Doped vs undoped silicon nanowire

fdtd
silicon
doping

#1

I am trying to model the optical properties of vertical silicon nanowires. I have created a model in Lumerical FDTD which does not behave the way my lab experiments do… The geometry is very simple, so I am confident that the simulation design is correct, but the results just don’t agree with experimental data.

I’m wondering if the material properties are the cause of the difference. In my lab we use doped silicon, but the Palik Si file is, I believe, undoped Si. Could this possibly be the cause of the difference? I think the only place this could manifest would be in the imaginary part of the refractive index.

Does anyone have any experience modeling doped silicon nanostructures in Lumerical FDTD?

Thanks.


nanoparticles doped with fluoride material
Doping Silicon using Drude model and NP Density grid attribute?
#2

The change in index due to doping is pretty small in magnitude (<1e-4). For a small structure like a nanowire, this small variation should not affect the simulation results since this is probably smaller than the error we can expect in the experimental index data. If you are seeing different simulation results than experimental data then I would recommend to check the simulation settings such as boundary condition, fitting of the index data, mesh settings etc. first.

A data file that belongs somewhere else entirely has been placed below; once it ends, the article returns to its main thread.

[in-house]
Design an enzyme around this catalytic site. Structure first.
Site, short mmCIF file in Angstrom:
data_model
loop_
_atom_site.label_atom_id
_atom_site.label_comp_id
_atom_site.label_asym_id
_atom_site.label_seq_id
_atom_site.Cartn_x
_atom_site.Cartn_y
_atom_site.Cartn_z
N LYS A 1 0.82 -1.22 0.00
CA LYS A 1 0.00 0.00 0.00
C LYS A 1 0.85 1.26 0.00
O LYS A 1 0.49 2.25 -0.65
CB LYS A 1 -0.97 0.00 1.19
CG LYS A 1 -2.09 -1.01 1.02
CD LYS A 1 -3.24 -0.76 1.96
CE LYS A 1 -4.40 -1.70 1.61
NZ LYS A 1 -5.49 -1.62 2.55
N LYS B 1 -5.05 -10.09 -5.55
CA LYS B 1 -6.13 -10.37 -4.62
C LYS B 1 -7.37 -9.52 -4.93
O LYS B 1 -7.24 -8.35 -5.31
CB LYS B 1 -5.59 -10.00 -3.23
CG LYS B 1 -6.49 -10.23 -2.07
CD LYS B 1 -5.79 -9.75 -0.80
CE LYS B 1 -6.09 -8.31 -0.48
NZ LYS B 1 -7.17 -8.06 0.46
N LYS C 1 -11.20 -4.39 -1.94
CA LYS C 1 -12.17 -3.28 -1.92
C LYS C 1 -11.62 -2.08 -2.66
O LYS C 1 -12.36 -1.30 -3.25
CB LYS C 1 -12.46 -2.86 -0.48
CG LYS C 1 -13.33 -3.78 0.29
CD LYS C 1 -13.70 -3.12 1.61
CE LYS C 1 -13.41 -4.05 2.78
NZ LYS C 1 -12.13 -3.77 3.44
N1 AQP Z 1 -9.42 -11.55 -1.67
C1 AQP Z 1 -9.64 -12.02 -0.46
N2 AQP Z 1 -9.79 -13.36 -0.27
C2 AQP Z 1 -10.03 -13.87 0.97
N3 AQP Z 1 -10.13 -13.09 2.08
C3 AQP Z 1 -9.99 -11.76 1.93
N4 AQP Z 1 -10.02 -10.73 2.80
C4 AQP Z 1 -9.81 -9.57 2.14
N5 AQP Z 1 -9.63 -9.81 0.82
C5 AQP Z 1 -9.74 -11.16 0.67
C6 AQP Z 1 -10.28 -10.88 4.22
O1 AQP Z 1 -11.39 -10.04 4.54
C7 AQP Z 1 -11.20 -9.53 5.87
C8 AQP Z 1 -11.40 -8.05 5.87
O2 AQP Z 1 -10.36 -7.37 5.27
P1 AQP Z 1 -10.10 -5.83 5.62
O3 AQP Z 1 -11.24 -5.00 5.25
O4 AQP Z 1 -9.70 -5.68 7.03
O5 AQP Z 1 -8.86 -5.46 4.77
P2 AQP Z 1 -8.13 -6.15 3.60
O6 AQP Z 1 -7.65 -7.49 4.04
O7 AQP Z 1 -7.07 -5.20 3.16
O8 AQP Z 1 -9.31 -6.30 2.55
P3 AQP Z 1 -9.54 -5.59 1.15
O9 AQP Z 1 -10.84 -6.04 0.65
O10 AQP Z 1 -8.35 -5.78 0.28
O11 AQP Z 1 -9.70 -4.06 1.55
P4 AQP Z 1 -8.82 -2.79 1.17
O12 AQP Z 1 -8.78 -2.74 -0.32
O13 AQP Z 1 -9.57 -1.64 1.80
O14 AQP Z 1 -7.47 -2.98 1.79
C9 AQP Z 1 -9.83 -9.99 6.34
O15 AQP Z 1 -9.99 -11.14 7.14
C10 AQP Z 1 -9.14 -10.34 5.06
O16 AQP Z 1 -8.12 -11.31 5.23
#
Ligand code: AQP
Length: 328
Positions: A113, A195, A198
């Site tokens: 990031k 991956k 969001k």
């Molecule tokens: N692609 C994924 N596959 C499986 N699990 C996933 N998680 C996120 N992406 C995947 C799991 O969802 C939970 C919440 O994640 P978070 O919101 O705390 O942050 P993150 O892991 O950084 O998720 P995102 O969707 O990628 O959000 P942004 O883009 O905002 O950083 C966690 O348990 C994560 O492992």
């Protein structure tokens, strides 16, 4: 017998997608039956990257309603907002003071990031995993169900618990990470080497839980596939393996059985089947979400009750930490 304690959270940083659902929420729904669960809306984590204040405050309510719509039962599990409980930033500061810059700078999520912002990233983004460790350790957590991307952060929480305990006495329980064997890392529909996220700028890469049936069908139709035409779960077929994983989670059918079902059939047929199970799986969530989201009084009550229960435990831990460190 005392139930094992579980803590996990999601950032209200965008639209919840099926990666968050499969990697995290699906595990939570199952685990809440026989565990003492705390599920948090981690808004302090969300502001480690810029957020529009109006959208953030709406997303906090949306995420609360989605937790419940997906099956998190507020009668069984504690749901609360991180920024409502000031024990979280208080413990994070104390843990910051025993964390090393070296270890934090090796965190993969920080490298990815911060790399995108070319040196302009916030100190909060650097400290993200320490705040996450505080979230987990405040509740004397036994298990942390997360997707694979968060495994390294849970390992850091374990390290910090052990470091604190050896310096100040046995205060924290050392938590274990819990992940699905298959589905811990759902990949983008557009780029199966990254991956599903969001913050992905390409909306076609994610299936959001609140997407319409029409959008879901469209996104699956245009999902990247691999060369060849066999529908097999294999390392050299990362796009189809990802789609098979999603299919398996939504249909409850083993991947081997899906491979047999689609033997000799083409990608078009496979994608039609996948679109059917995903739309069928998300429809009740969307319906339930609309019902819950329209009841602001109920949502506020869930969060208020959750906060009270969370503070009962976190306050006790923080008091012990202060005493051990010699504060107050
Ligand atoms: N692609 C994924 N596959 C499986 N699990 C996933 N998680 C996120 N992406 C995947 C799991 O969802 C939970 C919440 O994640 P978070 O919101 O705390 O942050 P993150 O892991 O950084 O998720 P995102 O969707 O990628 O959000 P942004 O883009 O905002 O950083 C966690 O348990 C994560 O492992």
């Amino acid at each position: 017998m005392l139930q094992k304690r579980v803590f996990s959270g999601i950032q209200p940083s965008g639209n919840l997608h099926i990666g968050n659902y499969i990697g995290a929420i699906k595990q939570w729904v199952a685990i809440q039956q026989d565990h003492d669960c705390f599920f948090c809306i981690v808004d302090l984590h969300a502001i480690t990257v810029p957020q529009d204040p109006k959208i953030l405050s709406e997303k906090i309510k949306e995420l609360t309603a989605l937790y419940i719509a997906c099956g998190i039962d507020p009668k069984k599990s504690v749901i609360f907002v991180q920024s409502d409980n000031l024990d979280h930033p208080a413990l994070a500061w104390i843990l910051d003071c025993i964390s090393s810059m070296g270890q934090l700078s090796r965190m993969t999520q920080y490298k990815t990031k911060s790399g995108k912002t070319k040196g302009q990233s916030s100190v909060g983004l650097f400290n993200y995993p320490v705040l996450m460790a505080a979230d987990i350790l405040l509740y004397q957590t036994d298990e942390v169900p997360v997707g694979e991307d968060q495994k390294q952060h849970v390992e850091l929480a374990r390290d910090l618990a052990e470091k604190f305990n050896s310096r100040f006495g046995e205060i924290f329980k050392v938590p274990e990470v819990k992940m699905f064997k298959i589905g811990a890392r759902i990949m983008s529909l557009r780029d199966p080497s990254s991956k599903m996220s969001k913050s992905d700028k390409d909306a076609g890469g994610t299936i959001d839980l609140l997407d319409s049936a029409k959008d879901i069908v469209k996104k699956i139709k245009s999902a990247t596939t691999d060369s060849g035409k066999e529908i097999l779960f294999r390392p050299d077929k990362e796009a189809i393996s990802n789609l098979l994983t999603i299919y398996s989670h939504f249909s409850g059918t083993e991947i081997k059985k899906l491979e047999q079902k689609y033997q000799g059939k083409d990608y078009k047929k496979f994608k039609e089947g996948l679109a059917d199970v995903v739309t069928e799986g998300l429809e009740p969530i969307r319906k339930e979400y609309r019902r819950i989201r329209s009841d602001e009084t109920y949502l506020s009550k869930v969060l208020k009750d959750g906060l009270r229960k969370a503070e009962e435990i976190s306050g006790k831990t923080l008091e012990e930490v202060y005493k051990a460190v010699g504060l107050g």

If you still believe that doping could be making the difference here, then you can easily account for that by using the “index perturbation” material to perturb the index of the default silicon material according to a doping density.


#3

Thank you aalam. I think you are right about the index change due to doping. It is very small, and therefore it is not expected to alter the results significantly. I will check the simulations settings. Fitting of the index data is not something I have considered. I’ll have to read into that more.

Thanks.


#4

Try this: Modifying the material fits


#5

Should be a similar issue with this, right? The doping should only result in small changes in the n and k values of silicon and thus should not change the fit much.


#6

The fit is basically the value that FDTD Solutions will use in the simulation. Therefore we want these values to be as close as the experimental index value as possible. Once the fit is done and we have the fitted index, the perturbation due to doping is added to it (if any).